Unfortunately, California’s proposal was shot down in February by the Obama administration on legal grounds: the co-pays “are neither temporary nor targeted at a specific population.”  There are other legitimate questions, too, about its feasibility.  Would people forgo routine checkups or neglect to fill prescriptions to save a few dollars, only to cost the system more money down the road?  Would doctors and hospitals even bother to bill people (or send accounts to collections) for such low sums?  Is it fair to charge people money for what some people think is a right and should be free to all?

Without commenting on the moral and political arguments for or against this plan, I believe that this is a proposal worth testing—and psychiatry may be precisely the specialty in which it may have the greatest promise.

Psychiatric illnesses are unique among medical conditions.  Effective treatment involves more than just taking a pill or subjecting oneself to a biological intervention.  It involves the patient wanting to get better and believing in the path he or she is taking to achieve that outcome (even if it violates what the provider thinks is best).  Call it placebo effect, call it “transference,” call it insight, call it what you will—the psychological aspect of the patient’s “buying in” (pardon the pun) to treatment is an important part of successful psychiatric care, just as important—perhaps more so—as the biological effect of the drugs we prescribe.

Like it or not, part of that “wanting” and “believing” also involves “paying.”  Payment needn’t be extreme, but it should be enough to be noticeable.  Because only when someone has “skin in the game” does he or she feel motivated to change.  (Incidentally, this doesn’t have to be money, it could be one’s time, as well:  agreeing to attend an hour of weekly psychotherapy, going to self-help groups 2 or 3 times a week, or simply driving or taking the bus to the doctor’s office can mean a great deal for one’s recovery.)  It’s more than symbolic; it can mean a lot.

In my own life, I’ll admit, I took medical care for granted.  I was fortunate enough to be a healthy child, and had parents with good jobs that provided excellent health insurance.  It wasn’t until my mid-20s that I actually had to pay for medical care—even my co-payments seemed shocking, since I had never really had to pay anything before then.  Over the years, as I struggled with my own mental health needs (which were, unfortunately, not covered by my insurance), I had to pay ever-larger amounts out of my own pocket.  I honestly believe that this was a major contributor to my successful recovery—for starters, I wanted to get to a point where it didn’t make such a huge bite out of my bank account!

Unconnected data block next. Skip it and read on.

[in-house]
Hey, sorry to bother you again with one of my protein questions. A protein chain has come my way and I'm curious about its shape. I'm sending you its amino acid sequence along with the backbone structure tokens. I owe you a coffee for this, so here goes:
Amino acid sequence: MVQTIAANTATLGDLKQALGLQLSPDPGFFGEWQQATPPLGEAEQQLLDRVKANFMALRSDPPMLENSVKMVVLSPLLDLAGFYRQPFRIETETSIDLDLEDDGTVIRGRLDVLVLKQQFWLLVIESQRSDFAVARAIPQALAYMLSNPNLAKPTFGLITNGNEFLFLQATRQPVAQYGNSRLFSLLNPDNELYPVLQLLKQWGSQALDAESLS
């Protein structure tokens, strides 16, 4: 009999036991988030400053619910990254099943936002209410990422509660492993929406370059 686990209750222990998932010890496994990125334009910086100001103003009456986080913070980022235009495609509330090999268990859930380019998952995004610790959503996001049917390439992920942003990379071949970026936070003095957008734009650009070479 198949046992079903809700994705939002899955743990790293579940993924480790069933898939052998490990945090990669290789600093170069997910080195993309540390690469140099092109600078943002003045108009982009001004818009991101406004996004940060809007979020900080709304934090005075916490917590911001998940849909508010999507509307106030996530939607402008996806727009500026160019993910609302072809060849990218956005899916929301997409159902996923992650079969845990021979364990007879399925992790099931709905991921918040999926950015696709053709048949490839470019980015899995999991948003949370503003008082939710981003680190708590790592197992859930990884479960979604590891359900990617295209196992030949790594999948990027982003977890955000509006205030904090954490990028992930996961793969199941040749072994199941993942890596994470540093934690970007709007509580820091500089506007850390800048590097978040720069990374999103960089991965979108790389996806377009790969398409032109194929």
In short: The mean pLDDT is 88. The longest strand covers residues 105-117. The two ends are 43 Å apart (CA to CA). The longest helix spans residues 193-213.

The absence of a “buy-in” is most stark precisely where Governor Brown wants to change it:  in Medicaid patients.  In the community clinics where I have worked, patients can visit the office with zero co-payment (and no penalties for no-shows).  This includes medication and therapy visits.  Prescriptions are often free as well; some patients take 4 or 5 (or more) medications—at zero out-of-pocket cost—which can set the government back hundreds of dollars a month.  At the same time, patients with no health insurance (or even with insurance, like me) can’t access the same drugs because of their prohibitive price tag or byzantine insurance restrictions.  It’s nowhere near a level playing field.

To make matters worse, patients on Medicaid generally tend to be more medically ill and, almost by definition, face significant environmental stressors that detrimentally affect their physical and mental well-being.  In these patients, we give psychiatric diagnoses far too liberally (often simply to give patients the opportunity to keep coming to see us, not because we truly believe there’s a diagnosable “mental illness”), and allow them to keep coming in—for free—to get various forms filled out and to refill medications that cost a fortune and don’t treat anything, perpetuating their dependence on an already overburdened health care system.  In fact, these patients would be much better served if we expected (and helped) them to obtain—and yes, even pay for—counseling or social-work assistance to overcome their environmental stressors, or measures to promote physical and mental wellness.

In the end, the solution seems like common sense.  When you own something—whether a home, an automobile, a major appliance, whatever—you tend to invest much more time and money in it than if you were just renting or borrowing.  The same could be said for your own health.  I don’t think it’s unreasonable to ask people to pony up an investment—even a small one—in their psychological and physical well-being.  Not only does it make good fiscal sense, but the psychological effect of taking responsibility for one’s own health may result in even greater future returns on that investment.  For everyone.